Nick Mangold was never much of a football history nerd.
On the first big day of his NFL career, the 2006 draft, Mangold recalled that while he knew he could be a late-first-round pick, he was playing golf early in the day and missed a bunch of the early picks, including the Jets' fourth selection of tackle D'Brickashaw Ferguson.
He said he didn't know until months later, at his first Jets training camp, that "Nick and Brick" were the first pair of offensive linemen taken in Round 1 by the same team since 1975. He didn't hear the Jets were involved in a three-team trade for that 29th overall pick until "at least, like, two years after that.
"There was a lot of naïveté, I would say."
But this center has always been, well, centered. Mangold had a firm belief in his skills and himself. And he knew early on that with his small-town Ohio roots, trademark beard and hair, backward baseball cap and blue-collar grittiness, he had found a new home among the followers of the Green & White.
"That's who I am, and that's what I found endearing for me and the Jets fans," he told Eric Allen and me Monday at the Atlantic Health Training Center. "The long wait for a championship, the wanting just to grind it out and being there every week — that's why I know I'll be a Jets fan for the rest of my life, why my kids are Jets fans. It's now part of our family."
To underscore that knowledge, Mangold formally declared his retirement as a New York Jet in a letter he tweeted out this morning. This was a no-brainer for him, even after missing virtually all of the last half of 2016 due to injury, then being released in February 2017 and sitting out last season. He said he wrote the letter on his plane flight to Cleveland for a wedding last week and "there were times it got a little tough. ... Playing for the Jets and being a Jet has been an amazing experience."
Long Line of Top-Flight CentersMangold arrived in Jets Nation packing some indispensable knowledge imparted to him during his four bowl seasons and one national championship campaign at Ohio State: Never get too high or too low, and never compare yourself to others, just to yourself, "and if you keep getting better, that's all we can ask."
He also credits Kevin Mawae, inducted into the Ring of Honor last year and a recent Pro Football Hall of Fame finalist, as helping him transition to the pro game. Mawae, his predecessor in the almost unbroken line of the franchise's outstanding pivotmen, had gone to six consecutive Pro Bowls before departing the green scene after 2005.
"A lot of times on the offensive line, everyone's all the same," Nick said, "but I think because of Kevin, that added, not scrutiny but more knowledge, of what I do."
What Mangold did with his knowledge, his superb technique and his wrestler's I'm-going-to-beat-you-that's-my-job mentality was to get selected to seven Pro Bowls in an eight-year span, the second-most all-star honors in franchise history behind only tackle Winston Hill's eight AFL/NFL nods.
Mangold also was named All-Pro after the 2009 and '10 seasons. He started the first 89 games of his Jets career, including playoffs, before missing two games to injury in '11, then promptly went on a 59-game starting roll. He finished with 171 games played, all starts. He anchored six top-10 NFL run-blocking units, including the Nos. 1 and 4 units in 2009 and 2010.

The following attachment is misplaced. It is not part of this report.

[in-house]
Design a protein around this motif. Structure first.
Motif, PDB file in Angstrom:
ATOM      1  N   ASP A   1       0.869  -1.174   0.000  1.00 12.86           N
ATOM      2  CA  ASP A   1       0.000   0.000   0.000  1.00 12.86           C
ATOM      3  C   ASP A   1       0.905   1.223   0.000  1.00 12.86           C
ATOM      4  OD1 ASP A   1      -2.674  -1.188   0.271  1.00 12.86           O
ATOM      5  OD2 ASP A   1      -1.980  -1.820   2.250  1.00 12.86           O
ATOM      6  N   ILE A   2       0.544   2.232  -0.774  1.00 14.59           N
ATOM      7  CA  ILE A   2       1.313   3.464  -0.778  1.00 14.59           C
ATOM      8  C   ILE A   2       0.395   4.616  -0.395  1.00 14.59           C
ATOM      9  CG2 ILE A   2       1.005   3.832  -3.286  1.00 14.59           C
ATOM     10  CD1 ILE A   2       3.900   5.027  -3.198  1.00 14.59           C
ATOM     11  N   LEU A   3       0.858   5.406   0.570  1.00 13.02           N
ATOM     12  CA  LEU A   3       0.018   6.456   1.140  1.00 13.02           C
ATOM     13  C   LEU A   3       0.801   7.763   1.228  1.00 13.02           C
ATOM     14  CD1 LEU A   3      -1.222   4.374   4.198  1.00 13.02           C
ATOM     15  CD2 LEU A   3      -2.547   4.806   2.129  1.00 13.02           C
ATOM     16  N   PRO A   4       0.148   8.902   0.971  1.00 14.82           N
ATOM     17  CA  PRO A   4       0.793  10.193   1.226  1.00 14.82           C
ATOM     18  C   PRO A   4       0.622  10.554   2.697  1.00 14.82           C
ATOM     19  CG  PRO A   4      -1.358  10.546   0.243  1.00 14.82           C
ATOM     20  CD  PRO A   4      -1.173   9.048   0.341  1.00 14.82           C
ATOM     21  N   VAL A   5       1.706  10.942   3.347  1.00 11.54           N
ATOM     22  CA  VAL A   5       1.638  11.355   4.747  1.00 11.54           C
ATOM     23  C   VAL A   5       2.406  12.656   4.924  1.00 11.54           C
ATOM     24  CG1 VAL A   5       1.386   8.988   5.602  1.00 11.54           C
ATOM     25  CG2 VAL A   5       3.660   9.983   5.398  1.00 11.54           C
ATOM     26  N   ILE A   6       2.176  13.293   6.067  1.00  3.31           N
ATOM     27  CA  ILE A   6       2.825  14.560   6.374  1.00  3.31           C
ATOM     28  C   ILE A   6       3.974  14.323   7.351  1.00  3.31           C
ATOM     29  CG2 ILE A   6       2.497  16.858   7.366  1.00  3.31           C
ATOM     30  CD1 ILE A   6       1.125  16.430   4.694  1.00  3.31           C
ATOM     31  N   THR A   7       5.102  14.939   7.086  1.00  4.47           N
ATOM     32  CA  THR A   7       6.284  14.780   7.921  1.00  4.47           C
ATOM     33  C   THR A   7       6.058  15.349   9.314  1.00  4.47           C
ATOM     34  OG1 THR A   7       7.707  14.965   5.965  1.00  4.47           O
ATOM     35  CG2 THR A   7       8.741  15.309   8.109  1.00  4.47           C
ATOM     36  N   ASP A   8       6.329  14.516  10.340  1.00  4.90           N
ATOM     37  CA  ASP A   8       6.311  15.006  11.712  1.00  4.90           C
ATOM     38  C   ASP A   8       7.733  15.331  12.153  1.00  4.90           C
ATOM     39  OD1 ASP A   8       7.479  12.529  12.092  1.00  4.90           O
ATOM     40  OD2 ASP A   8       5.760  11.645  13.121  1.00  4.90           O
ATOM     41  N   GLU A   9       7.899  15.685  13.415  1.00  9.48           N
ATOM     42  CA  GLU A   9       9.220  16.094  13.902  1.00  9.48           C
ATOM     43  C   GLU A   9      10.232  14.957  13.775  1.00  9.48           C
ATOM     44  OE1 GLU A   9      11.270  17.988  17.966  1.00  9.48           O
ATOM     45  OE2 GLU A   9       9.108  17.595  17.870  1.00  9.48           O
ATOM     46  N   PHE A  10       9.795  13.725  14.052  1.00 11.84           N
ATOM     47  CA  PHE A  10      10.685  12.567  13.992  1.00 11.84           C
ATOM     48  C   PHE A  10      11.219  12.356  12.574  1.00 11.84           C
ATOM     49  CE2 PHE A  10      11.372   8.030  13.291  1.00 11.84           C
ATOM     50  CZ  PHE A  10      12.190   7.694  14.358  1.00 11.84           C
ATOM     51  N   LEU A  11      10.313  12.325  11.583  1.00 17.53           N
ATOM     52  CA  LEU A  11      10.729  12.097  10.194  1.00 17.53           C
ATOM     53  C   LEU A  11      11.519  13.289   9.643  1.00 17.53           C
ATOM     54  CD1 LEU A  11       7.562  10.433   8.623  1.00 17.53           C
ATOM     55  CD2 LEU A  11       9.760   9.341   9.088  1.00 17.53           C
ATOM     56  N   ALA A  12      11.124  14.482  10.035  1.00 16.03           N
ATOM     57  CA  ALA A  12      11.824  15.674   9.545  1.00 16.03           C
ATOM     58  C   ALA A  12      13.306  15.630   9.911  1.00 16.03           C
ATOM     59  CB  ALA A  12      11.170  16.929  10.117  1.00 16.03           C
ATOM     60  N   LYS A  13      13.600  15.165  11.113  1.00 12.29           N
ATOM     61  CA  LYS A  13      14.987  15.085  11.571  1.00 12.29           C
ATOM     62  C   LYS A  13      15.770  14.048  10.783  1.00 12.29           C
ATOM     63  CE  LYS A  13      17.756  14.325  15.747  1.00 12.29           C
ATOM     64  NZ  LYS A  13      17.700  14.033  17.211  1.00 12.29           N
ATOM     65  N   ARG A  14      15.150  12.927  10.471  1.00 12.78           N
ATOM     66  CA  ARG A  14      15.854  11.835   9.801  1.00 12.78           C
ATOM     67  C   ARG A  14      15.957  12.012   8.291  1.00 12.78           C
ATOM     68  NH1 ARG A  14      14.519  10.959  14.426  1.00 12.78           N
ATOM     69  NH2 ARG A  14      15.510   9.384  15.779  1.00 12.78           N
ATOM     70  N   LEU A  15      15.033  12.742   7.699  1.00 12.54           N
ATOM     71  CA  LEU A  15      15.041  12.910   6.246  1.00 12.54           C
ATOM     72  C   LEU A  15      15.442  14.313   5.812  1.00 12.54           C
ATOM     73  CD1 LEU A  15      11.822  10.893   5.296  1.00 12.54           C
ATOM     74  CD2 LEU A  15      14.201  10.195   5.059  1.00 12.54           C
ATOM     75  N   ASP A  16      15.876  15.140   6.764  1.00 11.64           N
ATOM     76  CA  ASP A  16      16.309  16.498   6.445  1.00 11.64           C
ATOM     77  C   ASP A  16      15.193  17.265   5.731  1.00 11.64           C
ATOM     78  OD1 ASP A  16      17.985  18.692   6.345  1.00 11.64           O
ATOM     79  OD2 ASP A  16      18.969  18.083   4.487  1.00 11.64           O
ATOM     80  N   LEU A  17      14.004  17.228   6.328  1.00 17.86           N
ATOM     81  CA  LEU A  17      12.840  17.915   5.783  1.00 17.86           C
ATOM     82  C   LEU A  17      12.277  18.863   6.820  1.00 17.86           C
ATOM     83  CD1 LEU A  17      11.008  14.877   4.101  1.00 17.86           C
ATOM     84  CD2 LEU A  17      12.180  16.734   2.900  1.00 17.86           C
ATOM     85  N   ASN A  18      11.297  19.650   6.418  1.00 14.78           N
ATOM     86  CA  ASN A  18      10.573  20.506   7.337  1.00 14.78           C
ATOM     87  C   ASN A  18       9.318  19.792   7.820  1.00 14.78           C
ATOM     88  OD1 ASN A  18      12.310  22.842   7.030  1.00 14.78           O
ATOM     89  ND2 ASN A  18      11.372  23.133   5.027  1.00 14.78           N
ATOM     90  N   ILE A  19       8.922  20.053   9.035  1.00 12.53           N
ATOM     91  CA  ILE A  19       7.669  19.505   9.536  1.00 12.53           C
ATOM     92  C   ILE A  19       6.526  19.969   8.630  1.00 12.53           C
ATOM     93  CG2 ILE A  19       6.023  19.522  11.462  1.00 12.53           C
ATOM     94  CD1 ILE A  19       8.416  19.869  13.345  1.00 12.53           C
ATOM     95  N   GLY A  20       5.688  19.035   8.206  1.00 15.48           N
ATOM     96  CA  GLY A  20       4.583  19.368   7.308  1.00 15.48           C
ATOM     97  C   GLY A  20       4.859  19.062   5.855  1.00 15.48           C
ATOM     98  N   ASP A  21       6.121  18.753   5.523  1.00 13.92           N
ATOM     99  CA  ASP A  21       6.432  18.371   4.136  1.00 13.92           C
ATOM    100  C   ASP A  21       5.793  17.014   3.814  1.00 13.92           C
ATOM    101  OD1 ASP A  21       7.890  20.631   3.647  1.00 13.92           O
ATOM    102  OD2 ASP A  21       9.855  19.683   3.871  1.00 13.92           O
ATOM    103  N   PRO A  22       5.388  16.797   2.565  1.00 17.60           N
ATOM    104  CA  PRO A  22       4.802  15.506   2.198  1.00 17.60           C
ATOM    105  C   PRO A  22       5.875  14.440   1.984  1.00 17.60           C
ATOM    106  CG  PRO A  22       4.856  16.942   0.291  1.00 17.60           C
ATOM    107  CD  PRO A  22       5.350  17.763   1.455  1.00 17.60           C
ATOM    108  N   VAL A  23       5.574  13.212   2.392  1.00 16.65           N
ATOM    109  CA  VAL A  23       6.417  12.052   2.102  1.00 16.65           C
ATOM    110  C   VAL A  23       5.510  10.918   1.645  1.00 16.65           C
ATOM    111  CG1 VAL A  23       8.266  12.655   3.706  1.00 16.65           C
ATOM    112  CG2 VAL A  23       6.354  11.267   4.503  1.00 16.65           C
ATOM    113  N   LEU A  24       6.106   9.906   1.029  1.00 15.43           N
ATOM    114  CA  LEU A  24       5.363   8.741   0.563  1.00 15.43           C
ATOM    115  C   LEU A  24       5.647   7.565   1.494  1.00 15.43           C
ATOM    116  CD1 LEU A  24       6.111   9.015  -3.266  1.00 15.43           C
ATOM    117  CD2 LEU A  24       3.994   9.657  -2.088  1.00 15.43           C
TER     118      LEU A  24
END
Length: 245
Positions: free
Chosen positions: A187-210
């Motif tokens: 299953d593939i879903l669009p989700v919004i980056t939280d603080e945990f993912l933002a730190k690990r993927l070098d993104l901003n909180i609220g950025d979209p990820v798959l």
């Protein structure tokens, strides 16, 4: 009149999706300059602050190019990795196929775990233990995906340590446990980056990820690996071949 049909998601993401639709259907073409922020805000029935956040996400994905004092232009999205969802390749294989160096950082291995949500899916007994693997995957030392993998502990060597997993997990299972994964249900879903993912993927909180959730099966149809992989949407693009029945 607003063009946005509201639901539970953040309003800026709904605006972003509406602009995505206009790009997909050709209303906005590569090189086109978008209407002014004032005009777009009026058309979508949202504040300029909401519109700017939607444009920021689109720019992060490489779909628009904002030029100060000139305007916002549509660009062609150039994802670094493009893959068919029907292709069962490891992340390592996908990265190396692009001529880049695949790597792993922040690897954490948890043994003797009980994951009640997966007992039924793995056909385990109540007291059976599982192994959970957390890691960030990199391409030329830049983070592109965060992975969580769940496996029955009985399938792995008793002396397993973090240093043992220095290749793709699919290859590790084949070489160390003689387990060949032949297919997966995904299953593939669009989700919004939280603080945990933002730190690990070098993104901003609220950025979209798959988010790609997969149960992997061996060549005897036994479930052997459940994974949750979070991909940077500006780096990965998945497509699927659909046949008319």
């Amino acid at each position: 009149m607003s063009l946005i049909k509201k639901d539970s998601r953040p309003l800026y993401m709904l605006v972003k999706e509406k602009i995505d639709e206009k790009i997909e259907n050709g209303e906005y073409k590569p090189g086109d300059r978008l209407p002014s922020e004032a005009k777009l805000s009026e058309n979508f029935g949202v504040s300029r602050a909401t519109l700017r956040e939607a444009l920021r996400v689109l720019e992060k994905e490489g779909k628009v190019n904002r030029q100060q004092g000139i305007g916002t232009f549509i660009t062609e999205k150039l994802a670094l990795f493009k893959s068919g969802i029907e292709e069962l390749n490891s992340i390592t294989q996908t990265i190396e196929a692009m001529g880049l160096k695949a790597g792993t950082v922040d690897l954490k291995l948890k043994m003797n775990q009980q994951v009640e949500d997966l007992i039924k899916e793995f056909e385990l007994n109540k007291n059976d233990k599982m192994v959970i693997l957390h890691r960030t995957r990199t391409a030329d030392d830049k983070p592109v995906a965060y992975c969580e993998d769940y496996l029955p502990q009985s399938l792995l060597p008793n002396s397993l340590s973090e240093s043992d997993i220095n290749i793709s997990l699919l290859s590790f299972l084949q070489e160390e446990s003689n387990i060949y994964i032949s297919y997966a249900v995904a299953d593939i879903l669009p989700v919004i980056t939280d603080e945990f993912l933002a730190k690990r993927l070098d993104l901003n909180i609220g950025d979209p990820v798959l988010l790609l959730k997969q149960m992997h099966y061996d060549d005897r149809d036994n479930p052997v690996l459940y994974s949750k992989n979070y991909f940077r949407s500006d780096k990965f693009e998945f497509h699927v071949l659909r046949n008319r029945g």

Playing for ChampionshipsThose two seasons provided Mangold with some of his fondest memories in his 11 Jets years. Of the '09 AFC Championship Game at Indianapolis, he said, "If I was just watching from afar, I think it would've been amazing to watch Peyton [Manning] be Peyton and do what he did. It just sucked that I happened to be on the team that Peyton was being Peyton against."
A year later, playing for another conference title at Pittsburgh "was tough because we started out so slow, but once we woke up and started grooving and making things happen, if we had three more minutes ... but that's the unfortunate part of football. You only get 60."
But before Pittsburgh came the divisional round victory over the Patriots. "All the talk was New England just has to show up and they're the AFC champs," he recalled. "To go up there and be able to get the win was definitely one of the best moments of the career."
His legacy? "I came in and worked my hardest to do my best," he summed up. "My biggest regret is not winning a championship, bringing the Lombardi home to New York ... I did everything I could to try and do that."
Nick's Lucky NumberNick has never come across as superstitious or nostalgic, but he has succumbed lately to some numerology. It all began with that first phone call from the Jets, when he learned his favored uniform number, 55, from nine seasons of peewee, high school and college football, wasn't available. "Four is my wife's lucky number," he told the equipment team, "so I'll go 74, whatever."
Eleven years later, he typed on Apple Notes that he was getting released, took a screen shot from the app and sent the news out to the Twitterverse. He soon found, to his surprise, that his phone's battery strength at the top of the screen shot read 74%. "Did you mean to do that?" former teammate Brandon Marshall texted him. "That was pretty funny," Nick reflected.
Mangold wasn't going to wait until 7/04 to make his next announcement, and the date was taken anyway. So he did the next best thing — today's retirement letter went live at 7:40 a.m.
"You never know what you're getting yourself into coming out of college," he said. "But I ended up landing in a great spot and I hopefully took full advantage of it."
The multitude of center-savvy, 74-wearing Jets fans can only agree: It's never easy saying goodbye, Nick, but thanks for a decade-plus of memories.